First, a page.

9 Pearson Correlation .310 .346 .614 .138 .166 .215 .228 .306
Sig.

(1-Tailed)

.001 .001 .001 .090 .052 .017 .013 .001
10 Pearson Correlation .288 .311 .327 .243 .258 .342 .218 .266
Sig.

(1-Tailed)

.002 .001 .001 .008 .005 .001 .016 .004
11 Pearson Correlation .425 .299 .390 .282 .367 .399 .267 .363
Sig.

(1-Tailed)

.001 .001 .001 .003 .001 .001 .004 .001
12 Pearson Correlation .299 .354 .271 .241 .251 .344 .283 .372
Sig.

(1-Tailed)

.001 .001 .004 .009 .007 .001 .003 .001
13 Pearson Correlation .395 .438 .431 .274 .283 .354 .324 .378
Sig.

(1-Tailed)

.001 .001 .001 .003 .003 .001 .001 .001
14 Pearson Correlation .342 .361 .416 .334 .374 .282 .277 .446
Sig.

(1-Tailed)

.001 .001 .001 .001 .001 .003 .003 .001

Note: The Pet Dog Attitude Scale was composed of Items 7-14 in Section II of the survey. The Pet Fox Attitude Scale was composed of Items 17-24 in Section III of the survey.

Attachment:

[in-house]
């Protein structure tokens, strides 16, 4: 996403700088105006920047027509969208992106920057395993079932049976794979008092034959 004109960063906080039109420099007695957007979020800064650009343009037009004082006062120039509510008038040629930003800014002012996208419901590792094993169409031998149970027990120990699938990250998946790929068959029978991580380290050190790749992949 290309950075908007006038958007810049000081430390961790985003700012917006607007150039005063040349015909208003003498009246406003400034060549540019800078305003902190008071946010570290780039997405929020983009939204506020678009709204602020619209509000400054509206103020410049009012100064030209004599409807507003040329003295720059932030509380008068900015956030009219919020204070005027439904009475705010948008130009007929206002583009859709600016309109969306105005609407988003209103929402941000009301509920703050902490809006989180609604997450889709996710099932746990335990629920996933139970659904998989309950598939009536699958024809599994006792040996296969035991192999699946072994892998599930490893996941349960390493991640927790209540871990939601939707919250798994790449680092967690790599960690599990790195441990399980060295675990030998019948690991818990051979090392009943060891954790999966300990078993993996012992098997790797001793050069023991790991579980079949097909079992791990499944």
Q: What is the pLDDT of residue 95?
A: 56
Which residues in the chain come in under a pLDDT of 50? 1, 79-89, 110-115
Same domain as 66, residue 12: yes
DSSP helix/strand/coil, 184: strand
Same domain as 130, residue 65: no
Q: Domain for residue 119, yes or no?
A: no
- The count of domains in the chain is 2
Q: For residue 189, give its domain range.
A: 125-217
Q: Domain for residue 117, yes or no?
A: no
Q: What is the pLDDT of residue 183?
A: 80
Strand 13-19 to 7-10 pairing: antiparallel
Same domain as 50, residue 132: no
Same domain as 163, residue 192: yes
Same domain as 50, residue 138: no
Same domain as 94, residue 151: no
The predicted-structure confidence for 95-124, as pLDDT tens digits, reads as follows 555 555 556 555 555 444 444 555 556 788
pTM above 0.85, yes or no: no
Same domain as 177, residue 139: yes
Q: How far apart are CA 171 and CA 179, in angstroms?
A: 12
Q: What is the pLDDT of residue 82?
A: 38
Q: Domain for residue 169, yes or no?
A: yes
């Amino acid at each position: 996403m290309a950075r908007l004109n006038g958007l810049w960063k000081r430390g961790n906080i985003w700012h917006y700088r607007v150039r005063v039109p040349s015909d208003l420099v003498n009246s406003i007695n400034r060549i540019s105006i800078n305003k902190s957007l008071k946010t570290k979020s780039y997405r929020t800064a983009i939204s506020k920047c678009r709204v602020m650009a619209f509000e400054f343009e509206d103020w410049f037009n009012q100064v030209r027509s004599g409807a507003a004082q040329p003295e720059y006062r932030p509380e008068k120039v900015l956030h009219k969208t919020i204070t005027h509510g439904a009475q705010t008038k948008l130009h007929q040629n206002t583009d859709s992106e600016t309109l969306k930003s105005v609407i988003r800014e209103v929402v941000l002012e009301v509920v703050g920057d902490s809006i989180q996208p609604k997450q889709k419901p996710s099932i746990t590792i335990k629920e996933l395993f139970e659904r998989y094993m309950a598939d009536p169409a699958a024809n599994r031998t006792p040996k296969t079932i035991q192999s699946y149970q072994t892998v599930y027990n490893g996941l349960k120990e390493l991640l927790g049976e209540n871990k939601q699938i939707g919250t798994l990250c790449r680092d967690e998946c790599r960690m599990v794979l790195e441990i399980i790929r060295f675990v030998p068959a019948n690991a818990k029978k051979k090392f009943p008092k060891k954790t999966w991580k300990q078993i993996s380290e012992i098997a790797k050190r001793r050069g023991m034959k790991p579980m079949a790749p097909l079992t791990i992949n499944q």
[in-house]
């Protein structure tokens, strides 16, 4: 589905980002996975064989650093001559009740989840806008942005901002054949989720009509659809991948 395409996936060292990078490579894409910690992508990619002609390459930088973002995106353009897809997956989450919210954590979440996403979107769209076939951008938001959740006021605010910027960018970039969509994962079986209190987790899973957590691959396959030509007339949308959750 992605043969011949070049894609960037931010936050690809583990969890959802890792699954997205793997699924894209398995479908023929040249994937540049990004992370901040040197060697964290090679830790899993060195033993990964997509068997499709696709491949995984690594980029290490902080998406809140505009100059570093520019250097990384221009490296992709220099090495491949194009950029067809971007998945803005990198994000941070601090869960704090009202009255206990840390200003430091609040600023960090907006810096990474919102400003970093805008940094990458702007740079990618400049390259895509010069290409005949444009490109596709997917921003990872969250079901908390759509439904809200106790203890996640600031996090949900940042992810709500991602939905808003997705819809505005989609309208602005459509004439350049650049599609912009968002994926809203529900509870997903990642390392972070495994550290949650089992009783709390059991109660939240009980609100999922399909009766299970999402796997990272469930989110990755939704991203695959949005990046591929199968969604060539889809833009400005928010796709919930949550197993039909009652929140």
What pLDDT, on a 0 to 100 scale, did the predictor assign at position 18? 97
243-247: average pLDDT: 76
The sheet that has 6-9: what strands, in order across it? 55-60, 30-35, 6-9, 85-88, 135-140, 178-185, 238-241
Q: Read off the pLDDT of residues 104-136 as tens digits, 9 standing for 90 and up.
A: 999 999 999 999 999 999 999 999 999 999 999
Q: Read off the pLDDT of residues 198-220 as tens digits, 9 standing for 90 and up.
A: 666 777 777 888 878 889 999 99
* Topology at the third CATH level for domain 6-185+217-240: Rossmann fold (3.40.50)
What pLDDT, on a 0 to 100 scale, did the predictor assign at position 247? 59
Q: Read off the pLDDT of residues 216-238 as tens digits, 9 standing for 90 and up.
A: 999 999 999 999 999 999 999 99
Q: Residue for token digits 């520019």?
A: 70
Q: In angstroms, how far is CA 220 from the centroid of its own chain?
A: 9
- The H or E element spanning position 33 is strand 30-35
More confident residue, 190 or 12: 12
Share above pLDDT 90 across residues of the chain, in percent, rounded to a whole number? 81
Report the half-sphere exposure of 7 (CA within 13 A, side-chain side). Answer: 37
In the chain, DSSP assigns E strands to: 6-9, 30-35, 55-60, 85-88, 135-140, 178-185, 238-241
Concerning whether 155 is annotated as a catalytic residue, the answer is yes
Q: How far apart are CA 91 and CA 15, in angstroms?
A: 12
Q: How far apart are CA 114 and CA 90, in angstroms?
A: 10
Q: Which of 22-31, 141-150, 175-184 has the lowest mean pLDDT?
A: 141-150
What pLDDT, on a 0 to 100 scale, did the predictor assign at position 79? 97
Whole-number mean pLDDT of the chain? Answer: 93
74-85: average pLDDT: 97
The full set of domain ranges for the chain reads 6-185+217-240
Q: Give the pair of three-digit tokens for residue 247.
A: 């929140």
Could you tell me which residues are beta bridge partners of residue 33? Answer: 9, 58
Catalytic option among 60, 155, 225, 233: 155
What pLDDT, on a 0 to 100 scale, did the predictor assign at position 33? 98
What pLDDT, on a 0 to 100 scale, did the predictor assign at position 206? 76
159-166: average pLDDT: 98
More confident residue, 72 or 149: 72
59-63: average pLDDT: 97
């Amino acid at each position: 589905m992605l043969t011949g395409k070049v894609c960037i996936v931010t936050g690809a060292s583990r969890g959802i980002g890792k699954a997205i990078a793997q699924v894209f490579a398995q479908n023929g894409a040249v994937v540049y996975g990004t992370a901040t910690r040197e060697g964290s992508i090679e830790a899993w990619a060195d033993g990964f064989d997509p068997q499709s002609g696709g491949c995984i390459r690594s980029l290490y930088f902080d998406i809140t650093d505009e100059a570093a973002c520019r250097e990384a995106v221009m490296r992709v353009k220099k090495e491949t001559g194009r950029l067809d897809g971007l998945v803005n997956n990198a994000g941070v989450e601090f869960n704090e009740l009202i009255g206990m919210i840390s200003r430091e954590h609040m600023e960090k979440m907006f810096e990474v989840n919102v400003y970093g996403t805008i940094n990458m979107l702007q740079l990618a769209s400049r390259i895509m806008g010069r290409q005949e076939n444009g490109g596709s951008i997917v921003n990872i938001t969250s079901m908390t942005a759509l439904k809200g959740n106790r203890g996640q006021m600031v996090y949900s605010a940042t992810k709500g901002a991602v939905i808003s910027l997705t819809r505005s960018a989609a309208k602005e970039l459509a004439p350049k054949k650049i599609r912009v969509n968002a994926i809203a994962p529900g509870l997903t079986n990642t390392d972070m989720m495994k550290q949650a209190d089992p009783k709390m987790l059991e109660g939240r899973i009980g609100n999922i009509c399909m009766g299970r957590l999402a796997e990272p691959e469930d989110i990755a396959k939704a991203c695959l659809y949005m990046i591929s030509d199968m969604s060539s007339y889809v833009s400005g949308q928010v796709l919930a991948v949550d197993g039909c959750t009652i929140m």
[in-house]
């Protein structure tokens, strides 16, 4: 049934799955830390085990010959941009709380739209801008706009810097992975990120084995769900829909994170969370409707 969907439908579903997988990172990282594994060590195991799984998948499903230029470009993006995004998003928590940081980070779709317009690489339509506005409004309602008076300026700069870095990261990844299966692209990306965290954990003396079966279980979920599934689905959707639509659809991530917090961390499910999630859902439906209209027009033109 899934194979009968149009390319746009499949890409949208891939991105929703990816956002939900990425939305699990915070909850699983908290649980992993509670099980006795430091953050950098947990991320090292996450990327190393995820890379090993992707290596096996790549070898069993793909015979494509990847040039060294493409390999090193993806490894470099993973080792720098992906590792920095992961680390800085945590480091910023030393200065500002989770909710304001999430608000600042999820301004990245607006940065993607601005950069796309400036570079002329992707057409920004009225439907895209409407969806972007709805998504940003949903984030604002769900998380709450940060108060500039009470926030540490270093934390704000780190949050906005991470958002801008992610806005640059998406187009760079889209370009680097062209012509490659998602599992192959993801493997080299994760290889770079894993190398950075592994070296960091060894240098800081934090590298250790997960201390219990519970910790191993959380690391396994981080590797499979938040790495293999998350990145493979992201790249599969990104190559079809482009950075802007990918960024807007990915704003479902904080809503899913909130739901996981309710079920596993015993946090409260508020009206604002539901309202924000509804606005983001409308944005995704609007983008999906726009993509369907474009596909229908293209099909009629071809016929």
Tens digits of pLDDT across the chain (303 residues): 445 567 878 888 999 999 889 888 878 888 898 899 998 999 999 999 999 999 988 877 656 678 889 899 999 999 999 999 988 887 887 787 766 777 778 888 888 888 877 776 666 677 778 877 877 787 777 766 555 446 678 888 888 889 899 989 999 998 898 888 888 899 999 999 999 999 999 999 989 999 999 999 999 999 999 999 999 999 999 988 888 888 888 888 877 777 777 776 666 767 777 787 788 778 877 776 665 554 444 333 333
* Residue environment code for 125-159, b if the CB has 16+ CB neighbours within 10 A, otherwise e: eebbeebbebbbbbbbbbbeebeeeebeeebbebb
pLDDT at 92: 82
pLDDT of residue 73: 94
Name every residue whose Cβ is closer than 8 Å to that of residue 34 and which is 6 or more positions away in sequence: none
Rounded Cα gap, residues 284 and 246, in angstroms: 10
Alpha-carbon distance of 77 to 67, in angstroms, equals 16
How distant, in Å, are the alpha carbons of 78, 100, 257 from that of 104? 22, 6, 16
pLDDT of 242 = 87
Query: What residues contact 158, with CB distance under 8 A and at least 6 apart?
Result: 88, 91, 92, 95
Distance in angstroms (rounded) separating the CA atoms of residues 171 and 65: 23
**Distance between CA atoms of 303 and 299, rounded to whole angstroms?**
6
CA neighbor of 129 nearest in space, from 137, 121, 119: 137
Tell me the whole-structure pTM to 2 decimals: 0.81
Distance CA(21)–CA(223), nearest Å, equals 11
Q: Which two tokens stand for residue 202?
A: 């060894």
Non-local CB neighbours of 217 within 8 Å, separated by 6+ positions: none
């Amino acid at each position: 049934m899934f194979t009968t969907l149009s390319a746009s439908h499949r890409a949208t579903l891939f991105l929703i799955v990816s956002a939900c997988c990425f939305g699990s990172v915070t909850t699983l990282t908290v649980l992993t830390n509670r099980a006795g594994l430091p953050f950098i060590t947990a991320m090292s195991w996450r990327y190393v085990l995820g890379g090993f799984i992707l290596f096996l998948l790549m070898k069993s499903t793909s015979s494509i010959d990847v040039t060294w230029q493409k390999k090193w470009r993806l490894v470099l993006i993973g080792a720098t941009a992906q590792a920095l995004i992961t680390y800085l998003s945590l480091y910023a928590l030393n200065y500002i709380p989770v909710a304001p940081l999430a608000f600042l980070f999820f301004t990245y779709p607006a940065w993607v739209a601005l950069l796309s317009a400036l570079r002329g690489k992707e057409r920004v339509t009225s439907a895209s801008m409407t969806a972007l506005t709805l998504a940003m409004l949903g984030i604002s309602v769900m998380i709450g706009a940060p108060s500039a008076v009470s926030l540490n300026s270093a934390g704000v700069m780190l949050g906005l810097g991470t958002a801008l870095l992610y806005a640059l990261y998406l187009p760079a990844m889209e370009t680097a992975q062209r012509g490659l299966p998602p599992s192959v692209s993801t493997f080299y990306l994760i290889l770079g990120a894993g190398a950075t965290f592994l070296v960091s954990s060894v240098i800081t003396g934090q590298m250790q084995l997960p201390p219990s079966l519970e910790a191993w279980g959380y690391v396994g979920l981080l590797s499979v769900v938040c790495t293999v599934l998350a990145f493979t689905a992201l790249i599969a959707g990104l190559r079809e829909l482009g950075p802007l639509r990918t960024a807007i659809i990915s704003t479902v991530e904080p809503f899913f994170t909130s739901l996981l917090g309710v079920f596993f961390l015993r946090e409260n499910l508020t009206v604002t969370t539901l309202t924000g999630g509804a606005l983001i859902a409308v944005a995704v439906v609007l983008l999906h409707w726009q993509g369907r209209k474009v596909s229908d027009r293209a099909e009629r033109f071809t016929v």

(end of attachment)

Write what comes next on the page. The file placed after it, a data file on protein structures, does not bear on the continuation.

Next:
Items 30, 37, 44, 51, and 58 asked participants to report how confident they were that one of the foxes shown in the set of five images would make a good pet on a scale of 1-5, with 5 being the most confident. For Section IV A, B, and C, participants chose 3 most frequently, but for Section IV D and E, 1, least confident, was chosen most frequently. The average responses for Section IV A, B, C, D, and E were 2.8, 2.93, 2.98, 2.9, and 2.85 respectively. On average overall, participants responded with a 2.89 on how confident they were that the foxes pictured would make a good pet.

In Item 20 of Section III when participants were asked how confident they were that “domesticated foxes make good pets,” the average response was a 2.97. This shows that participants were 1.6% less confident that a fox would make a good pet when looking at an illustration of a fox than not looking at an illustration. When asked how confident they were that “dogs make good pets” in Item 10 of Section II, the average response was a 4.6. This shows that participants were 34.2% less confident that a fox would make a good pet compared to a dog making a good pet.